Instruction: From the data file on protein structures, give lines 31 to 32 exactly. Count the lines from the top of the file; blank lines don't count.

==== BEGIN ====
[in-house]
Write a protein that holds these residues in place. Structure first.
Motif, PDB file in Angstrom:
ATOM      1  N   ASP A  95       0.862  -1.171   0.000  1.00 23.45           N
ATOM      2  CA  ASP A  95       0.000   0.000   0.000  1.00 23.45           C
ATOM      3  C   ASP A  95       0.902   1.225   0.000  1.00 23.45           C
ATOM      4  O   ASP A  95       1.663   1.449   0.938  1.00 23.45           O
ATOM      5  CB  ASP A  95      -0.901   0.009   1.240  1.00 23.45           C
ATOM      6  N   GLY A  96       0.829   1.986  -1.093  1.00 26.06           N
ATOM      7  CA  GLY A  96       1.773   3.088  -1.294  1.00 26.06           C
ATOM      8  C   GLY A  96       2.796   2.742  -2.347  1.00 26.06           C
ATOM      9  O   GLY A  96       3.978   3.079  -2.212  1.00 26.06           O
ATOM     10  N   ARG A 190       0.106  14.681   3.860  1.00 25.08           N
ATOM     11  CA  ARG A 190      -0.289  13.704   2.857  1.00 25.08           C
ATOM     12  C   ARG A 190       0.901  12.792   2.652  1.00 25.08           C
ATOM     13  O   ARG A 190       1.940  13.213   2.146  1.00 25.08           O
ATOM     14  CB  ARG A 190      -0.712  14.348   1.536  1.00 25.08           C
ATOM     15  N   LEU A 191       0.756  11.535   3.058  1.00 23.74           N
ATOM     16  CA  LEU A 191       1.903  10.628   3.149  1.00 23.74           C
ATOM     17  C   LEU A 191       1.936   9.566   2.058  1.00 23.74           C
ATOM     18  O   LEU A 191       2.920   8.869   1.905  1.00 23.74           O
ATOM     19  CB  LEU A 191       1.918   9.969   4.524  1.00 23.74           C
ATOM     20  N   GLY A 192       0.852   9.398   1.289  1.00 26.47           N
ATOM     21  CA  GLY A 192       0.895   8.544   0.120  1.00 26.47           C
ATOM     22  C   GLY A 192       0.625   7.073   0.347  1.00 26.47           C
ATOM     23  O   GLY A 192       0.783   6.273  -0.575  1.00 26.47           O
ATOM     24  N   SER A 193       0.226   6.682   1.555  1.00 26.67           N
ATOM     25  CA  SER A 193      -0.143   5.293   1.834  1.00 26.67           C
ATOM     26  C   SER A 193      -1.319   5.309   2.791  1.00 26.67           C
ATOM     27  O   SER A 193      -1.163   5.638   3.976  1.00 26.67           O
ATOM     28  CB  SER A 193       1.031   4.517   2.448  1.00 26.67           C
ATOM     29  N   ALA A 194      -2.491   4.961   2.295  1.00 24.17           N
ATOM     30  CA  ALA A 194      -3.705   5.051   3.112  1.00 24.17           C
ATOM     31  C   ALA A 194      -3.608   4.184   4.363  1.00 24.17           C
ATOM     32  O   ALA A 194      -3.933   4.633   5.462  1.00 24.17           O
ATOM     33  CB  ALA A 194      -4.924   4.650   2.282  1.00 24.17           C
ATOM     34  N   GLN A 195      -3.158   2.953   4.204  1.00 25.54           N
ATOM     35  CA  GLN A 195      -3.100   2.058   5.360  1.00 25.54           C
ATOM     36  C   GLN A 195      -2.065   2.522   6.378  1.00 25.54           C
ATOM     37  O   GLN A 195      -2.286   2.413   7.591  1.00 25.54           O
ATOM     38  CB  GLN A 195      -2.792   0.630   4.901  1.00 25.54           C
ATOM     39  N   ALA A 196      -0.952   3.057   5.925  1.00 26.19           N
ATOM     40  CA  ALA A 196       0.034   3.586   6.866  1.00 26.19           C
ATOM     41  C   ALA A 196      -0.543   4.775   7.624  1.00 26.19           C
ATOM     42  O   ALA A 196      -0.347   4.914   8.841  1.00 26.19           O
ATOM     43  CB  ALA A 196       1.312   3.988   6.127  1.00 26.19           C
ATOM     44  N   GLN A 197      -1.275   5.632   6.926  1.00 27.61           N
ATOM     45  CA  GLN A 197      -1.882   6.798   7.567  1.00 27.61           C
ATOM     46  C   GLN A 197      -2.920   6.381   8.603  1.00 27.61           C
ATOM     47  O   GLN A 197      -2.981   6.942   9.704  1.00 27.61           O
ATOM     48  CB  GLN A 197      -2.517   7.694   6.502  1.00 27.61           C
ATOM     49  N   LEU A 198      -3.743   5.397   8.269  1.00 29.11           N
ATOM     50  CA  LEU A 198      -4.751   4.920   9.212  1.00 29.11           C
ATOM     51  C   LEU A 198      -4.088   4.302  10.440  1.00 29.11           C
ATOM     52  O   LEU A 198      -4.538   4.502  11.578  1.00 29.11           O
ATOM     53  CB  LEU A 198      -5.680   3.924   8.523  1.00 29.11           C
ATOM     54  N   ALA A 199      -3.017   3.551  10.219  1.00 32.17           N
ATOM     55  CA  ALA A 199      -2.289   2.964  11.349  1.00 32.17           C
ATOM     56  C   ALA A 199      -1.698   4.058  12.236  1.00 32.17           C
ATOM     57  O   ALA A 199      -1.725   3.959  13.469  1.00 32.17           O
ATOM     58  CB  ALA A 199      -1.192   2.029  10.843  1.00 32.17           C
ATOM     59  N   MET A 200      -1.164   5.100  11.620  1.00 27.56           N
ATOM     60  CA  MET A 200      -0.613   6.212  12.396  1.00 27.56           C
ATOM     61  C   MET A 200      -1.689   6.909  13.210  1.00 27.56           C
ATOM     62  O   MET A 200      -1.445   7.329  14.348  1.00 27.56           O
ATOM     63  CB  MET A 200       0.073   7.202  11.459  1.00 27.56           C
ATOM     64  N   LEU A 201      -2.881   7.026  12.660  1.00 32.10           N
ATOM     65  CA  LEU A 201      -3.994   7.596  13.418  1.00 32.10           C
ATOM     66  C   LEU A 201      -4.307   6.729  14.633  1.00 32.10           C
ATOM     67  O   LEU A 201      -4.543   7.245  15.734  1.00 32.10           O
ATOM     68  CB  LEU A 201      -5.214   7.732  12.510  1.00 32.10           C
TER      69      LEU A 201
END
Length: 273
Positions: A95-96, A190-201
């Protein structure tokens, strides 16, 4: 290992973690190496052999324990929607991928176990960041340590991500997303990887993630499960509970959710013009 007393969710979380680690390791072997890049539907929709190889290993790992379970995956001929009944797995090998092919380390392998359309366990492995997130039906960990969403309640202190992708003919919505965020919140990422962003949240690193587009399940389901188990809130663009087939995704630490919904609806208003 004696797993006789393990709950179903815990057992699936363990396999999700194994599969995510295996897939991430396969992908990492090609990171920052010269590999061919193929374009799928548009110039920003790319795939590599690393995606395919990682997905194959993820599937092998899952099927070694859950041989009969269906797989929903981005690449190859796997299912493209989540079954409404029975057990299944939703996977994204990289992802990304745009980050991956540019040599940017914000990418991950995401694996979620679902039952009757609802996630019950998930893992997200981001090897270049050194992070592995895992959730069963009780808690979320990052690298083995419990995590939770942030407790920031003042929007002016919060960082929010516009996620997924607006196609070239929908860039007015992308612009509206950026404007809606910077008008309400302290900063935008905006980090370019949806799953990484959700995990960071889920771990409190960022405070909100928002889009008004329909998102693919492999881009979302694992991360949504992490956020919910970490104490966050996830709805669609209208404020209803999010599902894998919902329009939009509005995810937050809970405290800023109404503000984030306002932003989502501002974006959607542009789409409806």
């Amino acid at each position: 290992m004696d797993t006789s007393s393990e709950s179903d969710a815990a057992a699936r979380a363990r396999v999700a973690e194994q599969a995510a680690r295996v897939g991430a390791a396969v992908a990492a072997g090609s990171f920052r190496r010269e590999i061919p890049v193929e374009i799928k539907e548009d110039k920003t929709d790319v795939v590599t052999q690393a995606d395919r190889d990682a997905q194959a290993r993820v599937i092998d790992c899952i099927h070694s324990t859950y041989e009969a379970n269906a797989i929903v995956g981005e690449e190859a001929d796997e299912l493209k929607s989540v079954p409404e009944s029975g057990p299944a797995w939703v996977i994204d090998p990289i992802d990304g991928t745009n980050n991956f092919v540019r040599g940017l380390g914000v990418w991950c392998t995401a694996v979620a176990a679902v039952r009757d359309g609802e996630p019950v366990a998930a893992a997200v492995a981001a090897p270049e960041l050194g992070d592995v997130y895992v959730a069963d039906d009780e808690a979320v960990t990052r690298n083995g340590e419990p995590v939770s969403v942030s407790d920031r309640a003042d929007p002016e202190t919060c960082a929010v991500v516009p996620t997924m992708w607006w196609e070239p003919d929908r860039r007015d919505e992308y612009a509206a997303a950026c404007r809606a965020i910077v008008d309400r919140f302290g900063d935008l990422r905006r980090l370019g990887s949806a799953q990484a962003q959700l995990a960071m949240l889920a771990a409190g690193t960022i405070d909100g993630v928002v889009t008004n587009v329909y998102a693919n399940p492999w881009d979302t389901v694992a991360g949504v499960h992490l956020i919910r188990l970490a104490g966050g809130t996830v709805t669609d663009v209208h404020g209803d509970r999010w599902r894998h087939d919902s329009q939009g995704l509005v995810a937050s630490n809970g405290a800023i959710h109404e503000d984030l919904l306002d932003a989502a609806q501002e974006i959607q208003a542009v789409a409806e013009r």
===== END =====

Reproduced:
ATOM     28  CB  SER A 193       1.031   4.517   2.448  1.00 26.67           C
ATOM     29  N   ALA A 194      -2.491   4.961   2.295  1.00 24.17           N